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The Complete Hammer's Slammers: Volume I Paperback – October 6, 2009


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Product Details

  • Series: Complete Hammer's Slammers (Book 1)
  • Paperback: 528 pages
  • Publisher: Baen; 1ST edition (October 6, 2009)
  • Language: English
  • ISBN-10: 1439133093
  • ISBN-13: 978-1439133095
  • Product Dimensions: 7.7 x 5 x 1.2 inches
  • Shipping Weight: 12.8 ounces (View shipping rates and policies)
  • Average Customer Review: 4.3 out of 5 stars  See all reviews (42 customer reviews)
  • Amazon Best Sellers Rank: #139,497 in Books (See Top 100 in Books)

Editorial Reviews

About the Author

David Drake was attending Duke University Law School when he was drafted. He served the next two years in the Army, spending 1970 as an enlisted interrogator with the 11th armored Cavalry in Viet Nam and Cambodia. Upon return he completed his law degree at Duke and was for eight years Assistant Town Attorney for Chapel Hill, North Carolina. He has been a full-time freelance writer since 1981. Besides the best-selling Hammer’s Slammers series, his books for Baen include the popular Leary of the RCN series, with seven volumes so far: With the Lightnings; Lt. Leary, Commanding; The Far Side of the Stars; The Way to Glory; Some Golden Harbor, When the Tide Rises and In the Stormy Red Sky. His “Lord of the Isles” fantasy novels for Tor are genre best sellers. Among his other Baen titles are Ranks of Bronze, All the Way to the Gallows, Redliners, and many more.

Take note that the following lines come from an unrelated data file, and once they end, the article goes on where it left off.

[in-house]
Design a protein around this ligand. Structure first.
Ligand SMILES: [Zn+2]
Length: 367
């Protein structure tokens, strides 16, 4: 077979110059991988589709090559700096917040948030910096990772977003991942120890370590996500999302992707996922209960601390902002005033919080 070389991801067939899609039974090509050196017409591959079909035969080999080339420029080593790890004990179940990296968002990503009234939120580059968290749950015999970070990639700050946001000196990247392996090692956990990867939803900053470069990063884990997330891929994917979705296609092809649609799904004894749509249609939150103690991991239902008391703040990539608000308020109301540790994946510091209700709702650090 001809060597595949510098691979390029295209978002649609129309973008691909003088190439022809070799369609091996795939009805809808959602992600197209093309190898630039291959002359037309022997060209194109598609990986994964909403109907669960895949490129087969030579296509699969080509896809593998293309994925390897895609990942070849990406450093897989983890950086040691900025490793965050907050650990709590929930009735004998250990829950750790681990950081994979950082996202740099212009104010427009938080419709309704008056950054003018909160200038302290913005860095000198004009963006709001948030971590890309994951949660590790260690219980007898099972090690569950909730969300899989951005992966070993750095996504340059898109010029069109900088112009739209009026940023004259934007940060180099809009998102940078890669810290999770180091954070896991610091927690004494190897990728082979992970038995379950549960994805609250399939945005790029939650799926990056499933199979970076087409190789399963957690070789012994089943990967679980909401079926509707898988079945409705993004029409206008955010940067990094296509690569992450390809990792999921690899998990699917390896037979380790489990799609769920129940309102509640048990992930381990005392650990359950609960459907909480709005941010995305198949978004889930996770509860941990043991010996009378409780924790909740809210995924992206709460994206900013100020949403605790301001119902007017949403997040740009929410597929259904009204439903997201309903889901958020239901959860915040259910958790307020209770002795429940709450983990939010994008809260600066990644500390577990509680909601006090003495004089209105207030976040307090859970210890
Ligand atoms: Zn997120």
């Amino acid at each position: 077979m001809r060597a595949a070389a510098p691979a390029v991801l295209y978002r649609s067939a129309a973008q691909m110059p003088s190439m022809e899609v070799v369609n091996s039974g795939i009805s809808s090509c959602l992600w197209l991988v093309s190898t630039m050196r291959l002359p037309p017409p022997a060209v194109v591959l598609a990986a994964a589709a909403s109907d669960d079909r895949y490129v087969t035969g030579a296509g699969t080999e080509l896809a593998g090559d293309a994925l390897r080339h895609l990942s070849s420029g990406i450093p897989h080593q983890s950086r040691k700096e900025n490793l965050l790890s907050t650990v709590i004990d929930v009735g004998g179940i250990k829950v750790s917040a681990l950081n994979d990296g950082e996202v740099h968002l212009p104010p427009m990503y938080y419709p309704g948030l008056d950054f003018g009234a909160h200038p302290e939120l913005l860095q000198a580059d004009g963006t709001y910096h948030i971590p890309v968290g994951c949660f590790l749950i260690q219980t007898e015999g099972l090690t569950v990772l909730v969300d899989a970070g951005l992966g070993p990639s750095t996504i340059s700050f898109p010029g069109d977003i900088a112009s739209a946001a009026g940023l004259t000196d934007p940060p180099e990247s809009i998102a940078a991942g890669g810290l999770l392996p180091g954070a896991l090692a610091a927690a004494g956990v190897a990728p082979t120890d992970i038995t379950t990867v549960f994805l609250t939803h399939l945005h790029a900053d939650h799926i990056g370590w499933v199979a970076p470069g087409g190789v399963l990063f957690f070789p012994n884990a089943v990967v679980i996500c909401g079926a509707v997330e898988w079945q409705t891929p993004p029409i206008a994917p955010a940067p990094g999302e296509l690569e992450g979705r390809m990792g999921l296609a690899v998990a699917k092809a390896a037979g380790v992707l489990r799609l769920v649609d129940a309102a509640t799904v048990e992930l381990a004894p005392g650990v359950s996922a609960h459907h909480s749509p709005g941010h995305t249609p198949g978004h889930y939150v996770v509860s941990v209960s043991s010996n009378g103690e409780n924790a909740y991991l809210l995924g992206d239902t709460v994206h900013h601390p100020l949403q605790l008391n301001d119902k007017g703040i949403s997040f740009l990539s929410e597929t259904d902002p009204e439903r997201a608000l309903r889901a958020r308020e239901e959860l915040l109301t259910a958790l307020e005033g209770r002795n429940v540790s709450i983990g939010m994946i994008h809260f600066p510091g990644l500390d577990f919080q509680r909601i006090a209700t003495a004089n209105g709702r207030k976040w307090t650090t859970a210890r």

More About the Author

The Army took David Drake from Duke Law School and sent him on a motorized tour of Viet Nam and Cambodia with the 11th Cav, the Blackhorse. He learned new skills, saw interesting sights, and met exotic people who hadn't run fast enough to get away.

Dave returned to become Chapel Hill's Assistant Town Attorney and to try to put his life back together through fiction making sense of his Army experiences.

Dave describes war from where he saw it: the loader's hatch of a tank in Cambodia. His military experience, combined with his formal education in history and Latin, has made him one of the foremost writers of realistic action SF and fantasy. His bestselling Hammer's Slammers series is credited with creating the genre of modern Military SF. He often wishes he had a less interesting background.

Dave lives with his family in rural North Carolina.

Customer Reviews

Lots of great story ideas.
Fred Henry
All in all, I highly recommend these books for anyone who enjoys military sci-fi.
Blake Field
David Drake is excellent at the armor he writes about.
D Crowder

Most Helpful Customer Reviews

18 of 19 people found the following review helpful By Utah Blaine on March 7, 2010
Format: Paperback Verified Purchase